Jean-Jacques Milteau - Bastille Blues

Jean-Jacques Milteau - Bastille Blues

It was tough for me to agree to write this review and I feel I need to explain a few things before I start. First, I am a harmonica player. I've been playing for a long time, more than 25 years now. Second, I don't generally like harmonica music. If you look though my music collection at home you won't find very many recordings by harmonica players. Now, don't get me wrong, I love the harmonica, and I love a lot of the music made on the instrument by a wide variety of players, from John Popper to Sonny Terry to Larry Adler to Toots Thielemans. But I can only stand so much of one recording of harmonica music before I go looking for something with a little more depth and variety.

A while back, my friend Benoit Felten sent me a tape he called French Harp, which consisted of a mix of music by a number of European harmonica players. This is one of my favorite recordings because, frankly, it's music first and harmonica music second. I like it not because I am a harmonica player, I like it because I like the music -- it just happens to contain prominent harmonica. Needless to say, J. J. Milteau is featured prominently on this recording. So when I agreed to review the new Milteau CD, Bastille Blues, it was with the hope that this would also be as deep and varied as my other experience.

Despite its name, Bastille Blues is not strictly a blues album. Perhaps there's more to this than I understand, but even the title track is not a blues song in the strictest sense of the word. Don't get me wrong, in my view, this is a good thing! The recording encompasses a rainbow of styles from driving rock to raucous cajun to mellow jazz, with a smattering of more traditional blues and jazz thrown in for spice. If you're looking for straight blues harmonica, this is not a recording for you. If I haven't lost you yet, let me say that what you will find on this recording is a lot of good harmonica and, more importantly, a lot of good music. Milteau is a virtuoso in the truest sense of the word, showing fluid technique and embracing a wide palette of styles. He knows how to express his musical persona not solely through a blazing display of pyrotechnics, but by choosing the appropriate technique for the context of the song. He seems as comfortable playing a slow, bobbing riff -- with enviably full, rich tonality, by the way -- as he is with demonstrating his considerable skill with speed and phrasing. Milteau goes so far as to share the harmonica spotlight, with Oliver Ker Ourio on chromatic on one tune.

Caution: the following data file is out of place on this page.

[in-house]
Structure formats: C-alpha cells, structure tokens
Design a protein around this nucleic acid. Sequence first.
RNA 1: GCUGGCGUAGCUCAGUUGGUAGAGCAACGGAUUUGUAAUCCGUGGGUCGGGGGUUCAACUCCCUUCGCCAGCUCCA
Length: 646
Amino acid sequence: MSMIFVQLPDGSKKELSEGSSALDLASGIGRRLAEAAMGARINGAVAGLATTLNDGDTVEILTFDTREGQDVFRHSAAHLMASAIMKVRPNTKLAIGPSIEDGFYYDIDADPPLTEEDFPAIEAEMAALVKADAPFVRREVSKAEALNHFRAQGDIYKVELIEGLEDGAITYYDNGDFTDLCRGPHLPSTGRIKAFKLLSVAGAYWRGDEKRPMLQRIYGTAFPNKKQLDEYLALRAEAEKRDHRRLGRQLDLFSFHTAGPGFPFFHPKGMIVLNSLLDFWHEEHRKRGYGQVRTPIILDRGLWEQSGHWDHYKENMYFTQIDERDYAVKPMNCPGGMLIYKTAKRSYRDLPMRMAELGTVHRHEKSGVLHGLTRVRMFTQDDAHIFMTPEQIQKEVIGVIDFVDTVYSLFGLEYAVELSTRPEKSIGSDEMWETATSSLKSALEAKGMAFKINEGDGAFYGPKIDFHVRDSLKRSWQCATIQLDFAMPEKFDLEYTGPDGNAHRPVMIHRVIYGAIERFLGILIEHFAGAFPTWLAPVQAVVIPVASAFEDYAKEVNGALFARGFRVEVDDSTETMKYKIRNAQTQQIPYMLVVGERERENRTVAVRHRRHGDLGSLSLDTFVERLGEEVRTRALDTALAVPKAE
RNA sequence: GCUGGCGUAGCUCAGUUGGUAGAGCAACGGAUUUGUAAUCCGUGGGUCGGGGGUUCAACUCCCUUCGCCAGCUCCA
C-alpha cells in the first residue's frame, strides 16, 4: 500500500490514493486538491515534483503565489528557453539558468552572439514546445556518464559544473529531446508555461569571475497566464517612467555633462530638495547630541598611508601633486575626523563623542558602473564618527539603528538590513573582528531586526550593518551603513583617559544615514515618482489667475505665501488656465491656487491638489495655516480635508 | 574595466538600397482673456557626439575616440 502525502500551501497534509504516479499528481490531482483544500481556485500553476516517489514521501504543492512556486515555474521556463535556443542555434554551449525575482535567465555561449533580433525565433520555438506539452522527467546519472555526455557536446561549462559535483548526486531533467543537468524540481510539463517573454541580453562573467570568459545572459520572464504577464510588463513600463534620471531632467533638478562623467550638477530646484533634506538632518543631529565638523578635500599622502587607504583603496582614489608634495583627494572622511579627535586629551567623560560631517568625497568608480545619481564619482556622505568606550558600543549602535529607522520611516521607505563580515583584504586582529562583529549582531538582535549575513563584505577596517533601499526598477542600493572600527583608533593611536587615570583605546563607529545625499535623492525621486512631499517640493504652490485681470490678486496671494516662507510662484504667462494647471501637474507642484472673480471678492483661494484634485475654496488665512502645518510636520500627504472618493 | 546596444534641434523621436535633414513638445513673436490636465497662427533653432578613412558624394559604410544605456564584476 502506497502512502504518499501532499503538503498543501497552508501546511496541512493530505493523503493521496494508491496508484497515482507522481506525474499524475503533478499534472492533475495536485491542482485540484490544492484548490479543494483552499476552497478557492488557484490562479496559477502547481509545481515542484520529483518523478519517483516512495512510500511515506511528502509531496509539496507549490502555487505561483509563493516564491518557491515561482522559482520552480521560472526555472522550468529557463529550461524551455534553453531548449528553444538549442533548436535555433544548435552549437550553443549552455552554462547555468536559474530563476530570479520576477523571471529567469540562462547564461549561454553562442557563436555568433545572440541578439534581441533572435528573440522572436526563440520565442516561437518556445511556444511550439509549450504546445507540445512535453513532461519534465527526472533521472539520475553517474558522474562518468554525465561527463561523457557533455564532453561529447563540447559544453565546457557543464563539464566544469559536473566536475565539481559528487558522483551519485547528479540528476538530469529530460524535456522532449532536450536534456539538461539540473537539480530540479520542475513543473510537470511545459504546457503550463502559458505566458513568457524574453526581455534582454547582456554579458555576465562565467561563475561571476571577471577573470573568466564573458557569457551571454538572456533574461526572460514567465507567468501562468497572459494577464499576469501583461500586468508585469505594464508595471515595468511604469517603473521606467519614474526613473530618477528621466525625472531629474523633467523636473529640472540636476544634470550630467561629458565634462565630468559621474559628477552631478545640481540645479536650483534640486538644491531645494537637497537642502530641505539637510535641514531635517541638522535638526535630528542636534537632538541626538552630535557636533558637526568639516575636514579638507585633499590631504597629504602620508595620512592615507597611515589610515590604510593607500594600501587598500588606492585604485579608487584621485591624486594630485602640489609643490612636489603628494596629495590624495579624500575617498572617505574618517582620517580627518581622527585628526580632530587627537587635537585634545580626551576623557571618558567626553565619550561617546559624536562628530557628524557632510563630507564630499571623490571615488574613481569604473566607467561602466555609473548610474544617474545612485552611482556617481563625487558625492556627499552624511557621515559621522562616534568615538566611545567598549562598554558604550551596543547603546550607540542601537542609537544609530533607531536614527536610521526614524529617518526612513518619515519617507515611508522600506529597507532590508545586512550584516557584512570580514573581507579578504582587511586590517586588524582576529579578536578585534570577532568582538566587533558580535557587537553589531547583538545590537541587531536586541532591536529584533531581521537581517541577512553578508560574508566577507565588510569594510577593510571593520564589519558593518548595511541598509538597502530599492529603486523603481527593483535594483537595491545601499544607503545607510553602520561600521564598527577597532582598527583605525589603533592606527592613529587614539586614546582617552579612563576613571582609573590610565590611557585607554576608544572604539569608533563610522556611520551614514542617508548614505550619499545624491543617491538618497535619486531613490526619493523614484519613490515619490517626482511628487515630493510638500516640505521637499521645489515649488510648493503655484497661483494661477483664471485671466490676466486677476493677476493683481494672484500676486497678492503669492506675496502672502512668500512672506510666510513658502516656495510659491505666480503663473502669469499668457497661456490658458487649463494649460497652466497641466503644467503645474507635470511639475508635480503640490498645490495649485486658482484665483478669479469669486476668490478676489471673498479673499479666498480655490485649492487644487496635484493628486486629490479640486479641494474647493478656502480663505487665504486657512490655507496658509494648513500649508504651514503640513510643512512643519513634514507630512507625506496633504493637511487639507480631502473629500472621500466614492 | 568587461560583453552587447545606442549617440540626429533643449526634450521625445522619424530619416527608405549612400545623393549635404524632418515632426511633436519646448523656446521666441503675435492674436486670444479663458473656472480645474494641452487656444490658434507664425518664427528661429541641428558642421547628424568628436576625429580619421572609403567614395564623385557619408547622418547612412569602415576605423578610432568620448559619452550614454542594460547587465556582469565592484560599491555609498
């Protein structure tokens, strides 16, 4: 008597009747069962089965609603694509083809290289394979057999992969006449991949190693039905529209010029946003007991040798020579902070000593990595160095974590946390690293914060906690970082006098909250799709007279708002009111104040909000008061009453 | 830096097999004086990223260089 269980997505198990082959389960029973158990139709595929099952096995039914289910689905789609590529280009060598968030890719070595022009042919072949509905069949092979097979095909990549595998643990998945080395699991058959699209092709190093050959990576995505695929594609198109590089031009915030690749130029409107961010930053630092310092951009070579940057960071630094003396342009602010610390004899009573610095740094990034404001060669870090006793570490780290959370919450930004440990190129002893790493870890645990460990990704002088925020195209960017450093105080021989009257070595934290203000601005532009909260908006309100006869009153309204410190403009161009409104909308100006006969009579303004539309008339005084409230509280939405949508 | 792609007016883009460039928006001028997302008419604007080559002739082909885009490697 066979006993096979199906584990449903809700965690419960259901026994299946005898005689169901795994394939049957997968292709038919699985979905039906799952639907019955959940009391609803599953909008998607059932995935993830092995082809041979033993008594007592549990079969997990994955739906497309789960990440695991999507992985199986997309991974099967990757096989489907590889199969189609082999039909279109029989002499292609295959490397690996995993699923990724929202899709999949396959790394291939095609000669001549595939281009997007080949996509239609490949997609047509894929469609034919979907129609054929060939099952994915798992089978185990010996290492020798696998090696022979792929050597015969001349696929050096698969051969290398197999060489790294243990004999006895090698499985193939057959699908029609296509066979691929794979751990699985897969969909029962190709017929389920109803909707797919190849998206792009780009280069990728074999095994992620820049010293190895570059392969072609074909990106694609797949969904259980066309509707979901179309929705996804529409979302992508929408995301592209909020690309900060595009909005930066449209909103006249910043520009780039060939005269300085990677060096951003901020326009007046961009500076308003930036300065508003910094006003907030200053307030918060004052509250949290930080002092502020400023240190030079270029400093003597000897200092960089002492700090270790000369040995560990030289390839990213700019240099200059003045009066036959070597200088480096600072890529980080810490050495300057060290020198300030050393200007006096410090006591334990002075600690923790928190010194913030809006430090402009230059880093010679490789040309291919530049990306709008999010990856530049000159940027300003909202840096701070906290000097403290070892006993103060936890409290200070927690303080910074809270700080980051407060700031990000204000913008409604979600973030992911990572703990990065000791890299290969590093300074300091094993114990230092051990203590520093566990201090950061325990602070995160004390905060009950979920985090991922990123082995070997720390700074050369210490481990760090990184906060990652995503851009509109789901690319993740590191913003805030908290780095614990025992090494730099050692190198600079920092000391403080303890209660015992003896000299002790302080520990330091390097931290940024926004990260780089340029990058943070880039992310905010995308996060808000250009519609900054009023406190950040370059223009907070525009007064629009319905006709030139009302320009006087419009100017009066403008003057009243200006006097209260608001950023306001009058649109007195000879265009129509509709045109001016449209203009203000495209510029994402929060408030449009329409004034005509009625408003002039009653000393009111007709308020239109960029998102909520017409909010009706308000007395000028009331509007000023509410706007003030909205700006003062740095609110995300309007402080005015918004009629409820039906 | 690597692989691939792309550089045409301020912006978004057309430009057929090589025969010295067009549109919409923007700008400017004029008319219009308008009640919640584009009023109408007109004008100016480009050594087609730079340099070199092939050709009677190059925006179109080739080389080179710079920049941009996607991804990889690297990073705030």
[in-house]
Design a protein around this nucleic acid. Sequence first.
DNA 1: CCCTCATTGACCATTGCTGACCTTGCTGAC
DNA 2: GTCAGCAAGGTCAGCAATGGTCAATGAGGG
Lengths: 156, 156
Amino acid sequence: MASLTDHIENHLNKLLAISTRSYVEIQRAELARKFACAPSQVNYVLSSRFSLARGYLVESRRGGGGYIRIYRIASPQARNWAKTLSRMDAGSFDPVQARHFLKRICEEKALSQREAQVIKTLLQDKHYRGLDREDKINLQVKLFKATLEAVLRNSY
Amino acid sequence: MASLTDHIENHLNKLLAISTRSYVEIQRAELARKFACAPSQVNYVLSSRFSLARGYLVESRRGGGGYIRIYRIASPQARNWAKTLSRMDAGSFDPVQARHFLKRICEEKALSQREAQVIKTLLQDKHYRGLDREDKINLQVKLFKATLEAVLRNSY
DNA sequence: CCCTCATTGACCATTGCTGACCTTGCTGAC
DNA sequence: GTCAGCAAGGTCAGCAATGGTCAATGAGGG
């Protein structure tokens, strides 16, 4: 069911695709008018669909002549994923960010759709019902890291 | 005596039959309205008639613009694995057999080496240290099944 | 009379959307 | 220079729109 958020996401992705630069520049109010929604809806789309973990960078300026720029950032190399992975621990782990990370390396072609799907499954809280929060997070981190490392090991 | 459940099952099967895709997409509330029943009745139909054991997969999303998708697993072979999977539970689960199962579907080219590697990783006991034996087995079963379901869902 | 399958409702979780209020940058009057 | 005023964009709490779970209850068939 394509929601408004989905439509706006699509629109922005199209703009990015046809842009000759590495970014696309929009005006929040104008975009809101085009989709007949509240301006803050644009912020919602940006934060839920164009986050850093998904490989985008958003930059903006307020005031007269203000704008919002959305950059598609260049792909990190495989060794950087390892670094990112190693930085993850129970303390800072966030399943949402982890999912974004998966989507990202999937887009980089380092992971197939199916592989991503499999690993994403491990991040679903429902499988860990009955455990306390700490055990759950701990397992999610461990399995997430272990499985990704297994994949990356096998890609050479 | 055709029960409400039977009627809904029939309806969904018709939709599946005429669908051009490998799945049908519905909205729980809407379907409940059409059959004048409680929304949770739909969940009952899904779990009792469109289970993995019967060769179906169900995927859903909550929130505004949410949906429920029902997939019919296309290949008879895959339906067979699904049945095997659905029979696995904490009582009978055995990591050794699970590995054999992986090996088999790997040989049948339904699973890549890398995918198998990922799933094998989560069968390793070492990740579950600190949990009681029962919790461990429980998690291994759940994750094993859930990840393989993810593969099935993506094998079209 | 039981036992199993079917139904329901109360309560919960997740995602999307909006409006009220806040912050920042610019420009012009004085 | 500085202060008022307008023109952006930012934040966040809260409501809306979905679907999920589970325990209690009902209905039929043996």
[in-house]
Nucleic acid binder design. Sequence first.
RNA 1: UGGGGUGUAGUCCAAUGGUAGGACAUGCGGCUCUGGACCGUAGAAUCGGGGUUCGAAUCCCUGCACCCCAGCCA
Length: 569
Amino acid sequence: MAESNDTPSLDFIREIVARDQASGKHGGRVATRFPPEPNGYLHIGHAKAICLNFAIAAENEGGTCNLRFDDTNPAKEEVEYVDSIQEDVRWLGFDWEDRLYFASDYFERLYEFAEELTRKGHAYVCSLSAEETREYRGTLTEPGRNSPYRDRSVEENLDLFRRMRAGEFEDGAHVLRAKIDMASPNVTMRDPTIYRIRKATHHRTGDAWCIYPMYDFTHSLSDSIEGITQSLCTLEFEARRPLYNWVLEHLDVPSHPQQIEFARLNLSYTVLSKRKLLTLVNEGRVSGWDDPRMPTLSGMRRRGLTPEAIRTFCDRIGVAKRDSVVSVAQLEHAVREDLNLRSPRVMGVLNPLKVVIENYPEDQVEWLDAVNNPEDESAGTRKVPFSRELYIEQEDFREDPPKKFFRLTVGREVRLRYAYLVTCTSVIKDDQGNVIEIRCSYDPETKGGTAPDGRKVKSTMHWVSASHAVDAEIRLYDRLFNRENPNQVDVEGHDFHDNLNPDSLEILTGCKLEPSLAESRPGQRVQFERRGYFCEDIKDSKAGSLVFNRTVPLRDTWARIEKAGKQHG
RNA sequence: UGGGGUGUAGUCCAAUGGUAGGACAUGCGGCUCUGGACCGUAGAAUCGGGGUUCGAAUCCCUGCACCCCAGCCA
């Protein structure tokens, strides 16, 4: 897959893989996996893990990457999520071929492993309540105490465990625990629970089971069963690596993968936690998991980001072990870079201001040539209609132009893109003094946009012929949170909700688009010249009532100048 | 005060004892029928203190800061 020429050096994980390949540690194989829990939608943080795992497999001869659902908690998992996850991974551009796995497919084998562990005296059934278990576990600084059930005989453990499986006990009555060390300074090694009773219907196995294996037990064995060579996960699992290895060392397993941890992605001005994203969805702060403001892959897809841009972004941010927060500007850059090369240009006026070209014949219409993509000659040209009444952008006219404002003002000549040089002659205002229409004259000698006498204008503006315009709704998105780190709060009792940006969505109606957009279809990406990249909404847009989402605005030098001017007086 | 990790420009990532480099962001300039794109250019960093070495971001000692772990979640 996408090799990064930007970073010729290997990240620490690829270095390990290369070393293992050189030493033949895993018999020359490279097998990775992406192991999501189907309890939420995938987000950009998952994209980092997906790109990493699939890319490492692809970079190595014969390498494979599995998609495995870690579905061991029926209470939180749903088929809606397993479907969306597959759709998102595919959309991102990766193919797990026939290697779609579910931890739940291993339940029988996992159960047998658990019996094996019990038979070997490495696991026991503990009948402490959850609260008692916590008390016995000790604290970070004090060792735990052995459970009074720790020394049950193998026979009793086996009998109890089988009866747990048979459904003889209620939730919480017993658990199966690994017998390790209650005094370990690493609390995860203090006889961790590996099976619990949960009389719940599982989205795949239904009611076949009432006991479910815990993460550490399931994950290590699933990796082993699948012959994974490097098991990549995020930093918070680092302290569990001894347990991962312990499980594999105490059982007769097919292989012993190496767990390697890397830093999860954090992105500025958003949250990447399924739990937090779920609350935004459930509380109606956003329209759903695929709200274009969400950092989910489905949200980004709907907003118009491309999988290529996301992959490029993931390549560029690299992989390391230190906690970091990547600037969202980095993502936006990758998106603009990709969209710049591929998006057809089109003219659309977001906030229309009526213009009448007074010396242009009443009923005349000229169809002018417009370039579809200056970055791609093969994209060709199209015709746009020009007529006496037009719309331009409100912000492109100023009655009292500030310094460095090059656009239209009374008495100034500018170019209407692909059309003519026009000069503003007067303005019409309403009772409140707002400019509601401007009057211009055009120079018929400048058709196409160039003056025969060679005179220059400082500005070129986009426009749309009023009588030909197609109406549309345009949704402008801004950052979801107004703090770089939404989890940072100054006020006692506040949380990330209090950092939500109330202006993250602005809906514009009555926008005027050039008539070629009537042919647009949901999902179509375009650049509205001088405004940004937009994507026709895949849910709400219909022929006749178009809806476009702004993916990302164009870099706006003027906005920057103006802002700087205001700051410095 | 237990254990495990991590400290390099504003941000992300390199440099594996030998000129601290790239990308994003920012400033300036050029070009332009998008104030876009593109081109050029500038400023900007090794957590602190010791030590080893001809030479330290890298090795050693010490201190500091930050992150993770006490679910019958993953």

Of course, Milteau has the best of support for his recording, getting flawless performances from the support staff on guitar, bass, drums and other percussion. The technical aspects of the recordings are also first-rate, and the studio technicians have done an admirable job of capturing the breadth of Milteau's tone, which ranges from breathy transparency to guttural growl. In fact, having spent time in the studio wrestling with sound men over exactly how to accurately represent the sound I wanted, I can imagine the effort of doing that again and again for the number of tonalities Milteau manages to create.

If anything is disappointing about this album I'd have to say that on some tunes it seems to lack a bit in spirit and spontaneity. I think this is frequently a problem in studio recordings, and possibly a result of a conscious attempt to satisfy a wide range of styles. But it's a minor complaint, and is more than made up for on other songs where the spirit of Milteau shines through.

So, in a nutshell, if you're looking for a hard-core blues album chock-full of Little Walter riffs, this album is not for you. If, on the other hand, you like a wide range of music with tastefully rendered harmonica virtuosity, J.J. Milteau is your man, and Bastille Blues just might be your album.

Tim Moyer

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